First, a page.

CVN asks 10 questions to Oct 14 by-election candidates

The Coalition of Vancouver Neighbourhoods has sent the following ten questions to each of the candidates for the single contested seat on Vancouver City Council, and will post any answers received online as they are received.

CVN represents 27 Vancouver community neighourhood associations across the city. The current City Council and its approach to development and the management of City resources has been a great concern. While many Vancouver residents understand that change must come they also feel that this Council does not respect the current look, feel and character of existing neighbourhoods—the very things that have made them so successful and attractive.

This by-election is seen as a critical election and for that reason the CVN is asking candidates the following questions to better understand their positions and report the findings to member associations and the public.

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TEN QUESTIONS FROM THE COALITION OF VANCOUVER NEIGHBOURHOODS

1. The B.C. government has tabled a bill that would rein in political fundraising rules at the provincial level, including banning corporate and union donations and limiting individual contributions to $1,200. There is a strong desire to see new standards imposed on municipalities. How would you limit fundraising in Vancouver, would it include any limits on developers, and would you include limits on campaign spending?

2. There is currently a lack of neighbourhood involvement in the planning processes in Vancouver. Please tell us how you would help to facilitate the re-involvement of neighbourhoods in the planning of the City’s future?

3. There is much controversy around the City’s current definitions of ‘affordable housing’ and ‘social housing’.

3a) CMHC defines housing as affordable if shelter costs account for less than 30 per cent of before-tax household income. Do you agree that this definition should be used for publicly subsidized rental projects and will you advocate for its inclusion in all such projects?

3b) The CoV defines a building project as “social housing” if 30% of dwelling units are occupied by households that don’t have the income to pay market rents. The City provides generous subsidies to these projects. Do you agree with this and will you advocate for its inclusion in all such projects?

4. Transit is a major issue in Vancouver. What do you think of the City’s program of building a subway on Broadway instead of a network of surface transit that would serve all areas of the City? What would you recommend and why?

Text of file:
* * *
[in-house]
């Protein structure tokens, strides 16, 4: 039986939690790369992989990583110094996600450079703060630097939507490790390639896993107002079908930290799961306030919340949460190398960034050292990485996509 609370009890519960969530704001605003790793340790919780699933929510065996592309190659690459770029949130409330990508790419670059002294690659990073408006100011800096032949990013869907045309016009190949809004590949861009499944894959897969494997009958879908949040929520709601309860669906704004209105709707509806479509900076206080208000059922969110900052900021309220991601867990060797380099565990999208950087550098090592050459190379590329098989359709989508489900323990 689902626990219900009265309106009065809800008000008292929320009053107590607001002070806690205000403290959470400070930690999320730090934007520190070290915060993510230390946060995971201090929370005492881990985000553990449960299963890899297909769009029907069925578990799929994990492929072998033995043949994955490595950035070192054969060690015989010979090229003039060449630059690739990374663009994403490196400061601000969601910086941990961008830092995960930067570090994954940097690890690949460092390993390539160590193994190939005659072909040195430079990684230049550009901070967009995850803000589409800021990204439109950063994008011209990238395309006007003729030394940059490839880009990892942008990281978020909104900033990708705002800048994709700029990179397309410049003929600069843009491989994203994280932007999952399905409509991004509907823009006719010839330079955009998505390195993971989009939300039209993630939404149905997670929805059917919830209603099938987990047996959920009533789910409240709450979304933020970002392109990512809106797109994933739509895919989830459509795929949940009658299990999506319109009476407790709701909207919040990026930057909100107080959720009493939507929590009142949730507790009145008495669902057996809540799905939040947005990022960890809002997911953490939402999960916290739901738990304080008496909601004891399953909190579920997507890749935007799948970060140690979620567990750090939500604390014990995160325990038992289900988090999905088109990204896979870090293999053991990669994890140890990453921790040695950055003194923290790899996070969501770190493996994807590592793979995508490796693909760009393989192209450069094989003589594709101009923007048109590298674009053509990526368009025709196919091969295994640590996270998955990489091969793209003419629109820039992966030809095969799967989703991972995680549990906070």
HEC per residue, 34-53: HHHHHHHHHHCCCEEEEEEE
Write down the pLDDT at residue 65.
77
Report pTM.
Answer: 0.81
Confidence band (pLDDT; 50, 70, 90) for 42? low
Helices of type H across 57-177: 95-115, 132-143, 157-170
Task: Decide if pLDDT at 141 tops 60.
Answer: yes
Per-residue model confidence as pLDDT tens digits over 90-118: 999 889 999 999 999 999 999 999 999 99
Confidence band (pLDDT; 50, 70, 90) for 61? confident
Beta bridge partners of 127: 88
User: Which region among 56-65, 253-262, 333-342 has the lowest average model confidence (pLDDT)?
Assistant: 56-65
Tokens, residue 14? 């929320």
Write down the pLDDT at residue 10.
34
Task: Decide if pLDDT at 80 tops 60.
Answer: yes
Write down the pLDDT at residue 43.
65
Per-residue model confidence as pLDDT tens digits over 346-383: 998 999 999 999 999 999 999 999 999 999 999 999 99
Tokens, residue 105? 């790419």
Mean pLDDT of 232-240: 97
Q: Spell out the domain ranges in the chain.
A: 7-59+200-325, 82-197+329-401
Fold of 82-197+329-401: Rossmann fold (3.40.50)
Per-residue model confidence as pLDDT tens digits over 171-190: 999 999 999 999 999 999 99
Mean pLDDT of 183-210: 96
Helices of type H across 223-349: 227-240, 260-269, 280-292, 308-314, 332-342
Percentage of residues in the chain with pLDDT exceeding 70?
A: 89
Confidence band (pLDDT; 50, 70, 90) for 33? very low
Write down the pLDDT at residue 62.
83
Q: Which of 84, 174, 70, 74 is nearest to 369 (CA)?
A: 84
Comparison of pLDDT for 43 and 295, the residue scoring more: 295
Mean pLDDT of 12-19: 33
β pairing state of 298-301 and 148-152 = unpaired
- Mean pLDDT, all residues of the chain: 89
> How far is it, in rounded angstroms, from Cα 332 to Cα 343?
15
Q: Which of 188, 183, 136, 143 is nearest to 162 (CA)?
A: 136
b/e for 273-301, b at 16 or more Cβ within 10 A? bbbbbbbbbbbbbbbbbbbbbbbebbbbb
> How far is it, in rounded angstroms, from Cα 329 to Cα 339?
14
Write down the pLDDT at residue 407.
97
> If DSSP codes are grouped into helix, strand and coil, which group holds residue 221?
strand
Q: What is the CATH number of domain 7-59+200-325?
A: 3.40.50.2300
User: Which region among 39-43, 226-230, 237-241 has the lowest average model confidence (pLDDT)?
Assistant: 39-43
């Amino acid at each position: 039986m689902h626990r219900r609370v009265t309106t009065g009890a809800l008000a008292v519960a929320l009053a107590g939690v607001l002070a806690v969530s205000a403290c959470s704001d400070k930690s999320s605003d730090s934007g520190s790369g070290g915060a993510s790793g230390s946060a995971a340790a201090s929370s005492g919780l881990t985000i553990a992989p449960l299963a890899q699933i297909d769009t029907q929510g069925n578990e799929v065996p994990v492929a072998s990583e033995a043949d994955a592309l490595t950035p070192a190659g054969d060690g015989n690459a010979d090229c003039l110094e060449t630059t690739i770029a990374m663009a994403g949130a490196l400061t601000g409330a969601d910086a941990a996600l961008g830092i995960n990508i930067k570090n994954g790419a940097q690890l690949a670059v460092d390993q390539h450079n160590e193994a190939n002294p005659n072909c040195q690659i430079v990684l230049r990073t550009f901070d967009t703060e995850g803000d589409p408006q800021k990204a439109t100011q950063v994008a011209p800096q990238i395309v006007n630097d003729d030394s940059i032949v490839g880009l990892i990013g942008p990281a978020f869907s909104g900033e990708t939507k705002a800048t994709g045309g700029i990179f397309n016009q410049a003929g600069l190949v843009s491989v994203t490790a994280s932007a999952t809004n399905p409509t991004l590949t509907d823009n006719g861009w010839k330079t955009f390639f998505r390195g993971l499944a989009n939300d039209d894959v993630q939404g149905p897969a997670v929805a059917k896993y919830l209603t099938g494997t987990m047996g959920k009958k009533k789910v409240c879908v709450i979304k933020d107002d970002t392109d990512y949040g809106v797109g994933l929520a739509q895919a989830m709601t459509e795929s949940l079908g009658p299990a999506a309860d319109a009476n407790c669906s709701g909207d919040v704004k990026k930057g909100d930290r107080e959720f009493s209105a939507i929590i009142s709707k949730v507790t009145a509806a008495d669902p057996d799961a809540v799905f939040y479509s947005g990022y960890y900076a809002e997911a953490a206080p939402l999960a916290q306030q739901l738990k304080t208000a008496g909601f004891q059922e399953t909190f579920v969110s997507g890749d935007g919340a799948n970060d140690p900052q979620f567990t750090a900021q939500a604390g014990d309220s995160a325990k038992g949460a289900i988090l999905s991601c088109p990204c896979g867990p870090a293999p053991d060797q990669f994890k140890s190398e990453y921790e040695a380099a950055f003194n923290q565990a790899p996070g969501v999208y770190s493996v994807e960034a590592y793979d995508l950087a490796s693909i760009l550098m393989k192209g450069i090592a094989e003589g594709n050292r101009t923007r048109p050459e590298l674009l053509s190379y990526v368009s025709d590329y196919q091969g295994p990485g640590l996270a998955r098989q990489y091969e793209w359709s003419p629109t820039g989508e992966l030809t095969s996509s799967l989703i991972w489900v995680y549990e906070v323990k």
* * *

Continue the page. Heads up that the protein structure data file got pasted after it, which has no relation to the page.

5. As a follow-up, how do you feel about Metro Vancouver’ Mayors defining certain streets as Frequent Transit Corridors (ie. ‘Broadway Corridor’), thus taking development decisions out of the hands of the citizens of the affected areas? and how would you require the CofV Planners treat the major arterial roads in Vancouver?

6. We’ve heard many times, whenever someone asks about how to affect affordability in the City, that it can only be changed through provincial action. What are the ways that the City Council can affect issues of affordability? Give specifics, please.

7. Neighbourhoods in Vancouver are seeing the closure of a number of local businesses, at least in part because of unaffordable property taxes. What policies would you propose to make it affordable for local businesses to continue to operate in Vancouver?

8. Rents are skyrocketing right along with real estate prices. Should Vancouver impose rent control and, if so, what types? Give specifics, please.

9. Most would agree that we need more social housing in Vancouver. Should there be a requirement for equal distribution of social housing across the City and should any residential development over 10 units include 10% social housing? 20%? Why, or why not?

10. “What specific policies or regulations, if any, should the City adopt to ensure that housing is developed and sold for local residents to live in, rather than primarily as an investment opportunity?

 

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